37. In response, CIOB has launched a level 6 Diploma in Building Safety Management for construction professionals moving into this key dutyholder role. [9] The qualification is designed to give participants the knowledge and skills to manage the safety of the building in occupation as well as looking after the day-to-day management of fire and structural safety in higher risk buildings.

38. Other organisations have also begun to prepare for the implementation of this new role. We have been working closely with the Local Authority Building Control to develop vocational qualifications for the Building Control discipline to improve competency in the sector. There is a range of level 3 to 6 qualifications in Building Control, covering technical administration, domestic building control, high-rise and commercial building control as well as specialisms such as fire safety, legislative compliance, management of building control and safety at sports grounds and other public events. Formal learning content has been academically accredited and validated by CIOB and the University of Wolverhampton and the first cohort of the Building Control degree apprenticeships was awarded in Summer 2021. It should be noted that this course is also open to private sector building control professionals, as well as those in the public sector.

39. There is a noticeable lack of alternative courses outside those offered by CIOB and LABC to train professionals for the competencies that will be required in the BSB. Importantly, any training must be robust and not attendance-based with clear learning outcomes. We welcome the opportunity to share our intentions for further training and qualifications and recognise there must be alignment with other institutions and trade bodies to ensure consistency in quality and standards if the new regime is to be a success.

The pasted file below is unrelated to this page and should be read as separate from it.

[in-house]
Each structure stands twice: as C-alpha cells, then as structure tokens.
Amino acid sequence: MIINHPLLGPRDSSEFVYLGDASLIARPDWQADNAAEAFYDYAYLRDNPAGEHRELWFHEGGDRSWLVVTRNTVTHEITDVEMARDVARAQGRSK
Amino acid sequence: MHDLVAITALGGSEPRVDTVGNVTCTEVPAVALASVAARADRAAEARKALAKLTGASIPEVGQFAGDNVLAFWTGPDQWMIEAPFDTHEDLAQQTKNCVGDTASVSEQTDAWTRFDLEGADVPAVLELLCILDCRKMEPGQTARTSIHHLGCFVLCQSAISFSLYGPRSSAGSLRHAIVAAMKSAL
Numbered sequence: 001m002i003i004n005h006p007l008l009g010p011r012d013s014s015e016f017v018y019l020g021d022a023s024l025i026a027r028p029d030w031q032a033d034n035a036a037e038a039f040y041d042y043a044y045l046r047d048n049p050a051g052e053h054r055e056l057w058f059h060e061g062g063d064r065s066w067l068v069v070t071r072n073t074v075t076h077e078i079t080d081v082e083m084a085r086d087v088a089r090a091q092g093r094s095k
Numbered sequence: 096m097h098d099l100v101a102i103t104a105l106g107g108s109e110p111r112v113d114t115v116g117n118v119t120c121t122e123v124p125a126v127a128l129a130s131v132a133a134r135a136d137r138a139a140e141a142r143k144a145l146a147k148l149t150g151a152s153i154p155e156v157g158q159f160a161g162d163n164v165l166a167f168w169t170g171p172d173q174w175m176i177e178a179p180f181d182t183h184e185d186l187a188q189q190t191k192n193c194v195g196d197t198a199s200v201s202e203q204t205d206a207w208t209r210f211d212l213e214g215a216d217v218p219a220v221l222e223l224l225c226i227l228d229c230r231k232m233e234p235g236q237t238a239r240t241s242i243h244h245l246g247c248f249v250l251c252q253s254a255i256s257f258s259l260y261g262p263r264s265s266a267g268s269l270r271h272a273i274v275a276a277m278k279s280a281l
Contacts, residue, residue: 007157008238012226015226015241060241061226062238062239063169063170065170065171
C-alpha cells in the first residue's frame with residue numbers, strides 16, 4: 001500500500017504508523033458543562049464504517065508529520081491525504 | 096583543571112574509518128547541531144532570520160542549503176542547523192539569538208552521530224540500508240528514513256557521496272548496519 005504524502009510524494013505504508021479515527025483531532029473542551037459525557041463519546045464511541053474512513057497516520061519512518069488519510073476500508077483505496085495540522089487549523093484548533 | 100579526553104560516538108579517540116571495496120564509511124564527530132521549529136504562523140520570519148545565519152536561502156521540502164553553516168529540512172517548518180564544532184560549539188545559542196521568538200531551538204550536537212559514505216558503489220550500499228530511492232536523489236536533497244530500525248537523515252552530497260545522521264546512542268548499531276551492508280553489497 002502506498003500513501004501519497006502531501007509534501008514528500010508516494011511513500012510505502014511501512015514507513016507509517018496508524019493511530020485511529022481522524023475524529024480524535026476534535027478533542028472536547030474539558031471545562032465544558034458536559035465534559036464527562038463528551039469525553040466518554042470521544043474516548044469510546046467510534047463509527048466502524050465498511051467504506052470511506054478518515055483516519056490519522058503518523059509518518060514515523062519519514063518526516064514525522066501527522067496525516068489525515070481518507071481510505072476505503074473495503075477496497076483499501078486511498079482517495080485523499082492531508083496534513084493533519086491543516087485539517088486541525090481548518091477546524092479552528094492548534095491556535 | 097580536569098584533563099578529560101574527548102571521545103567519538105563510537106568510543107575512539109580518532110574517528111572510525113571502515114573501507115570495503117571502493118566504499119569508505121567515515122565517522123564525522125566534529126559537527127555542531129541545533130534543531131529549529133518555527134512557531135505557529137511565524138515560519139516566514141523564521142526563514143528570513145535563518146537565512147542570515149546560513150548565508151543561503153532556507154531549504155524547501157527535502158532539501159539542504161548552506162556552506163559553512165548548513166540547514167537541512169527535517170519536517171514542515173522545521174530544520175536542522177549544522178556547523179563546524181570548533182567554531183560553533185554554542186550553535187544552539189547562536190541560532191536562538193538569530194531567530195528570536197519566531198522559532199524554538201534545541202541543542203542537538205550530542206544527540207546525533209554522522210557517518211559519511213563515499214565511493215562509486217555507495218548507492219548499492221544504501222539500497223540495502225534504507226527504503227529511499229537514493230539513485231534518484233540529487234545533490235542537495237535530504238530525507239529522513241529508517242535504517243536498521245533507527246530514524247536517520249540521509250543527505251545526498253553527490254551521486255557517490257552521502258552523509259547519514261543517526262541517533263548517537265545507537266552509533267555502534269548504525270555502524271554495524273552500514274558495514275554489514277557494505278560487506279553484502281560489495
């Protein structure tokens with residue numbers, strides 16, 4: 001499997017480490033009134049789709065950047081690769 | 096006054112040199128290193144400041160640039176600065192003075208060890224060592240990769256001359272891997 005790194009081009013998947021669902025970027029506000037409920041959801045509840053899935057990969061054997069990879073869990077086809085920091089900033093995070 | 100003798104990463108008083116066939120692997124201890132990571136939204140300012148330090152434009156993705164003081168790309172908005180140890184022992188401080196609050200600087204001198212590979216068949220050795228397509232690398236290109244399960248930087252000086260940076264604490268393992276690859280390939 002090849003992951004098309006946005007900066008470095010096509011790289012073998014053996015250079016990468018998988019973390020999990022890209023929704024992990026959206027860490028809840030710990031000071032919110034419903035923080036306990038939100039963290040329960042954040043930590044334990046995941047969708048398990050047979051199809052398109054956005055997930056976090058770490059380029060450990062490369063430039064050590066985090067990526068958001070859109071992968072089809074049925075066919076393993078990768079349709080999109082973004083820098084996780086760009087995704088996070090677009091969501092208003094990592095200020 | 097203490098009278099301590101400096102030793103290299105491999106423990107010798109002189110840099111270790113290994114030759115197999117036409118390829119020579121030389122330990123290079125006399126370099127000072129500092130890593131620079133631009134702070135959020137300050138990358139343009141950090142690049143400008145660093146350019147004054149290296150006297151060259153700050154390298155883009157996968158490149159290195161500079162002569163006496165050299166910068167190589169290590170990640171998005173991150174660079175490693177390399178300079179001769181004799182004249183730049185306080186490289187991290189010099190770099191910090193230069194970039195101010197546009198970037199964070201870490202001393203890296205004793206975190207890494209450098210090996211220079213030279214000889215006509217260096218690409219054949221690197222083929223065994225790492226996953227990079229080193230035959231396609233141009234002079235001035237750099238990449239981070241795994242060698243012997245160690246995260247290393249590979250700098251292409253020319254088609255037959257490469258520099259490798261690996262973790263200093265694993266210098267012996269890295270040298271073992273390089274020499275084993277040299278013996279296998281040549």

Golden thread

40. A lack of complete, accurate and up to date building information was one of the issues identified by Dame Judith Hackitt’s Independent Review of Building Regulations and Fire Safety. The review highlighted the need for robust record keeping, with a digital ‘golden thread’ of key building information running through all phases of design, construction, and occupation.

41. In July 2020, CIOB and i3PT Certification conducted a survey into the industry’s understanding of the golden thread, how responsibility for its delivery might be distributed, current capacity and capability of the built environment to deliver, and potential blockers and solutions. [10]